With respect to these remaining items, on the question of disclosure, I have concluded only that there exist genuine issues of fact as to when they were made public. This conclusion does not preclude the defendants from proving at trial that the items were in fact disclosed prior to February 24, 1975.

 Similarly, on the question of materiality, I have concluded only that there exist genuine issues of fact as to whether each of the items remaining is material. The defendants will doubtless argue to the jury that because outsiders were alluding to or projecting the same or similar information, the items are not material, since there is no substantial likelihood that a reasonable investor would view the disclosure of such information as having significantly altered the "total mix" of information already available, the information already being part of the "total mix." However, the issue remains as a question for the jury.

 Further, on the issue of materiality, the defendants argue that the laundry list information consists of nothing but speculation and surmise, and is therefore not material. *fn3" However, I am reluctant to remove the issue of materiality from the jury's consideration in light of the "matrix" concept described above and in the face of the Second Circuit's observation about materiality in this very case:


The alleged tipped information (relating, inter alia, to the increase in Fluor's backlog, projections of increases in Fluor's earnings per share, and the likelihood of Fluor's obtaining projects other than SASOL II) appears to be material.

 State Teachers Retirement Board v. Fluor Corp., 654 F.2d at 854 (emphasis added). Further, the Supreme Court has also stated that materiality is a question for the trier of fact:


The issue of materiality may be characterized as a mixed question of law and fact, involving as it does the application of a legal standard to a particular set of facts. In considering whether summary judgment on the issue is appropriate, we must bear in mind that the underlying objective facts, which will often be free from dispute, are merely the starting point for the ultimate determination of materiality. The determination requires delicate assessments of the inferences a "reasonable shareholder" would draw from a given set of facts and the significance of those inferences to him, and these assessments are peculiarly ones for the trier of fact.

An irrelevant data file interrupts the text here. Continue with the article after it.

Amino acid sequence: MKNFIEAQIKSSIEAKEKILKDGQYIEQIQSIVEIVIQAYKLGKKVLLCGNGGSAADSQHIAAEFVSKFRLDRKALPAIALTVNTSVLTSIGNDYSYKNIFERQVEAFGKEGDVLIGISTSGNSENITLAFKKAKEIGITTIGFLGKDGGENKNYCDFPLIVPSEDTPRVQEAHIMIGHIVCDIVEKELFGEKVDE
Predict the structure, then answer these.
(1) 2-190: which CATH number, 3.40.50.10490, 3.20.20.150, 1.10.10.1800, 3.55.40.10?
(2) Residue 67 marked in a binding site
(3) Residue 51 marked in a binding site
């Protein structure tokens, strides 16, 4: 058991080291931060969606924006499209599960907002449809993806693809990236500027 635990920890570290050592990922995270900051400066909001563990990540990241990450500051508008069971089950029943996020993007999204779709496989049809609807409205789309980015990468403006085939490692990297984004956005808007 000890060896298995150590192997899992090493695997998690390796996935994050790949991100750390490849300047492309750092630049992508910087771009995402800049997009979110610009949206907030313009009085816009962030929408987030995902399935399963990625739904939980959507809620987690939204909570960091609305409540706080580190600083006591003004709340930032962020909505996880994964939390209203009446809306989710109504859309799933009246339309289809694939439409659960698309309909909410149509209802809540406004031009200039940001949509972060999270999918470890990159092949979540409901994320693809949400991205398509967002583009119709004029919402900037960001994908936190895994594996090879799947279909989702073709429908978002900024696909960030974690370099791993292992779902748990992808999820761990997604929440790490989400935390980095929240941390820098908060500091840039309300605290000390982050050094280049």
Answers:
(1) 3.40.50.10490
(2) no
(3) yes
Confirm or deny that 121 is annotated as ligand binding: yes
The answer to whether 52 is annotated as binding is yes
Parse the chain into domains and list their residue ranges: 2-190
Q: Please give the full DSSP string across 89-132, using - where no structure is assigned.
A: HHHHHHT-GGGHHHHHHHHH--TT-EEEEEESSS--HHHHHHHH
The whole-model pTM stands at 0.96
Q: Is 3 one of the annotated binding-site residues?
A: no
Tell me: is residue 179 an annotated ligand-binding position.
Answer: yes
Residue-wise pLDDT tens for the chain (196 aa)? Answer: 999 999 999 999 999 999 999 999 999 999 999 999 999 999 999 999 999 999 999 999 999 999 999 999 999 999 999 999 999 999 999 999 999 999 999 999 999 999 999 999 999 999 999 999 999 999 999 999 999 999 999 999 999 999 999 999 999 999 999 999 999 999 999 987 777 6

TSC Industries, Inc. v. Northway, Inc., 426 U.S. 438, 450, 48 L. Ed. 2d 757, 96 S. Ct. 2126 (1976).

 The Measure of Damages

 The initial summary judgment, as noted above, sought to impose an Elkind cap on damages. In Elkind, the Second Circuit adopted the "disgorgement measure" of damages, limiting the total recovery to the tippee's gain -- "the amount gained by the tippee as a result of his selling at the earlier date rather than delaying his sale until the parties could trade on an equal informational basis." 635 F.2d at 172. In Elkind, only one tip was found to be material, non-public inside information, and the disgorgement method of damage calculation presented none of the complications presented here.

 The alleged SASOL tip has been the most significant of the information said to have been conveyed to Manufacturers. It has been so viewed by the parties and court since the inception of this action, and the disgorgement measure of damages prescribed by Elkind as applied to the alleged SASOL tip is calculable and relatively certain, leaving aside differences between the parties as to what constitutes "a reasonable time after disclosure."

 However, the laundry list, or the matrix, does not lend itself to the same treatment. For those items not found to have been immaterial or public prior to February 25, at least for summary judgment purposes, State Teachers, of course, will have to prove all the elements of a section 10(b) violation in order to recover. Some of the items may have become public after the SASOL contract became known, and to isolate each item and project its effect on the market the day it became public would be a speculative endeavor and indeed inconsistent with the matrix concept discussed above. Market movement unrelated to Fluor, intervening information concerning Fluor, and the passage of time between disclosures invite uncertainty, speculation and confusion regarding a determination of what profits should be disgorged from the defendants based upon the laundry list.